If you're in a leadership position, you have two styles of management to choose from — the carrot and the stick. The challenge is to find the right balance to lead your family, your team and/or your employees.
One of my first experiences with the carrot and the stick was a summer job in Canada. All first-year tennis coaches doubled as mentors for young campers. We shared a cabin together. Camp Manitou-wabing attracted campers from all over North America. It was like visiting Disneyland. Many of the kids thought otherwise. They felt their parents were "dumping" them. Some came from homes where the maids did all the cleaning. What a culture shock it was to ask them to clean up their own cabin. One of the kids in my cabin pulled out a wad of bills and attempted to bribe me to make his bed and do his chores. The one thing these young campers wanted most was to get out of camp. There was only one way — to win the cabin clean-up award. Winners enjoyed a night at the movies away from camp.
The first week I huddled with my new kids. We came up with a plan to divide up the chores. One person was in charge of getting everyone out of bed. Another was appointed supervisor. I was not the supervisor. I was not allowed to leave for breakfast until my area was inspected and approved by the supervisor. Our cabin was located the furthest away from the mess hall. Once I was cleared for dismissal, I strolled through the camp to get an early breakfast. I could hear yelling and screaming from the other cabins. I ate my breakfast in peace. One by one, my kids joined me as soon as the supervisor released them. At the end of the first week we got a perfect score and enjoyed watching Indiana Jones. The other counselors told me I was lucky to get such a great group of kids.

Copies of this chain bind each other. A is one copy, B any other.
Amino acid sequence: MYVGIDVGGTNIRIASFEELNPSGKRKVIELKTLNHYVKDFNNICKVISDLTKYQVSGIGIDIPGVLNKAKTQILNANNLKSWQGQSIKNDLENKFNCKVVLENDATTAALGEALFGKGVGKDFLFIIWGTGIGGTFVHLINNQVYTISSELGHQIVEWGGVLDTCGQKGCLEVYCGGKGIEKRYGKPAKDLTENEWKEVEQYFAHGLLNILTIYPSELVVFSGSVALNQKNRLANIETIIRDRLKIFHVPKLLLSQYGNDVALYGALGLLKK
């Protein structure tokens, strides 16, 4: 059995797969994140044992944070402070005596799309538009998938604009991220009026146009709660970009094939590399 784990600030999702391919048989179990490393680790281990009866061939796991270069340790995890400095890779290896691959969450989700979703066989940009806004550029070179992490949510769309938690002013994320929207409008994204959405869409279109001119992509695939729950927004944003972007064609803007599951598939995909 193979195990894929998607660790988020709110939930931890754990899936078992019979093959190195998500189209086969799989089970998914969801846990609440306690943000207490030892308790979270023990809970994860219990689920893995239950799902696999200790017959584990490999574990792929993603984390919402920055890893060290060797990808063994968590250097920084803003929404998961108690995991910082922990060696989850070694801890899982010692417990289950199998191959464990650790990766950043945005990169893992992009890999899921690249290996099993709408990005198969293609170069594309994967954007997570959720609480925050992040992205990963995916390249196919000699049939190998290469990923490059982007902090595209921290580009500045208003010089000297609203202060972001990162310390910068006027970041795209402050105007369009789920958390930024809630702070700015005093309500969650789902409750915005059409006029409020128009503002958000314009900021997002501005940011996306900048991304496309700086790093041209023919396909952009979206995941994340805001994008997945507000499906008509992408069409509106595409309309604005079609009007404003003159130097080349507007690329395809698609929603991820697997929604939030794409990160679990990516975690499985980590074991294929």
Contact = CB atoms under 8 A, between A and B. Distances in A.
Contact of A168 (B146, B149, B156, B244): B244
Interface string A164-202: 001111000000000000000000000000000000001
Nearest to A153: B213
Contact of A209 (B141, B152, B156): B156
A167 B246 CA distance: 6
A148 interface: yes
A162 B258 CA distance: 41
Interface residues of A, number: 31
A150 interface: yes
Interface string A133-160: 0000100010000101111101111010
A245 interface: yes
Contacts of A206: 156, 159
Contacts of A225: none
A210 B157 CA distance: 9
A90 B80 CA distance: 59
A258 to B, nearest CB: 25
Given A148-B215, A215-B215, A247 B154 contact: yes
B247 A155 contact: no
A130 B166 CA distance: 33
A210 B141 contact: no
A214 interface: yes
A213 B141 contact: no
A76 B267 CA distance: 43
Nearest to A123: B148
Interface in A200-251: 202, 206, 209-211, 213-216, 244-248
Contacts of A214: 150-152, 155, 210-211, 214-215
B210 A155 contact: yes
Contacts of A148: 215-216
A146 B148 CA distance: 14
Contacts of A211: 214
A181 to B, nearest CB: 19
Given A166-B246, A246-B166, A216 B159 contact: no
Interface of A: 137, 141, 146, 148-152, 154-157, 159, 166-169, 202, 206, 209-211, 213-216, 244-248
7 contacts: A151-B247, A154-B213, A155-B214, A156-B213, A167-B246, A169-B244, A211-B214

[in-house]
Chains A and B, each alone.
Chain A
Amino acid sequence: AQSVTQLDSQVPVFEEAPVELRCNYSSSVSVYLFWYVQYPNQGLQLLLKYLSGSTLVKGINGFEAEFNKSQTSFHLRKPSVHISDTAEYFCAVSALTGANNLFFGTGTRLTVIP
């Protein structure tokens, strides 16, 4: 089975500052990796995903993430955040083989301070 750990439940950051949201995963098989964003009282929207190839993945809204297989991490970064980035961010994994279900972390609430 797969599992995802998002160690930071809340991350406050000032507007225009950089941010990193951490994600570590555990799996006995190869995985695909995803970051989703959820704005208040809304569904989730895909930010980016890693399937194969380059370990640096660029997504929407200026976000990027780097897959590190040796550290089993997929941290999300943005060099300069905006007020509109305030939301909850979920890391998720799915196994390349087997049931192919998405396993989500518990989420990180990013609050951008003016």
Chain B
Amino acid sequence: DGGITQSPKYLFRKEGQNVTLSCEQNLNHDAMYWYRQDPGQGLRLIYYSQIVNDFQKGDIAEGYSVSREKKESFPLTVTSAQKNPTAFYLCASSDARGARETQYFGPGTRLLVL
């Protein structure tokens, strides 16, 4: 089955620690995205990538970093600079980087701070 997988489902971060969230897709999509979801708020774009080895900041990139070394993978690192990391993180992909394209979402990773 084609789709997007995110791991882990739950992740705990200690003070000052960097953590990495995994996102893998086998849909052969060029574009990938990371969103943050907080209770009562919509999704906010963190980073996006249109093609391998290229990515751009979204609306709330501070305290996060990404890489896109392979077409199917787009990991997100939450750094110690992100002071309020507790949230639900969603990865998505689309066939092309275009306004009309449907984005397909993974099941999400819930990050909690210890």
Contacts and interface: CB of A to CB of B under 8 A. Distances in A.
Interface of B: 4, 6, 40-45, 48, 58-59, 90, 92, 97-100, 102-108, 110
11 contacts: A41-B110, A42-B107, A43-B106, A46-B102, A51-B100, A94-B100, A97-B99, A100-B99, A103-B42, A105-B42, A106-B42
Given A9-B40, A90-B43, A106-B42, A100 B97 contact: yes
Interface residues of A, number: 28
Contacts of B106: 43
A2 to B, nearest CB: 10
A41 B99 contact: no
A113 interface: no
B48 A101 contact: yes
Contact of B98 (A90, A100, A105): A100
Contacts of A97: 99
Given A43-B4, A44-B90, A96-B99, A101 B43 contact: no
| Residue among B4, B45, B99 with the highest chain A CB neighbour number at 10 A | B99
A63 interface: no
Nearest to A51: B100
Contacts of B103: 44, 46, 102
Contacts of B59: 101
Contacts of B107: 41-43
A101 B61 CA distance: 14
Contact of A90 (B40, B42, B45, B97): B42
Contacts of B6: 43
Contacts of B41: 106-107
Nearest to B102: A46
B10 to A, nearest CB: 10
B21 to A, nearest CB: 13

It didn't matter who was in my cabin. I watched Indian Jones all summer long, each week with a new set of campers. Here are some lessons I learned about the carrot and the stick:
- The carrot and the stick are both powerful motivators.
- When everyone understands what his job or role is and they understand the rewards and the consequences of their actions, the work gets done.
- Great leaders know when to use the carrot and when to use the stick.
- If you aren't getting the results you're seeking with your group, take a look at how many times you're using the carrot vs. the stick and change the ratios.
- Be consistent. No follow-through with your carrots and your sticks leads to poor morale.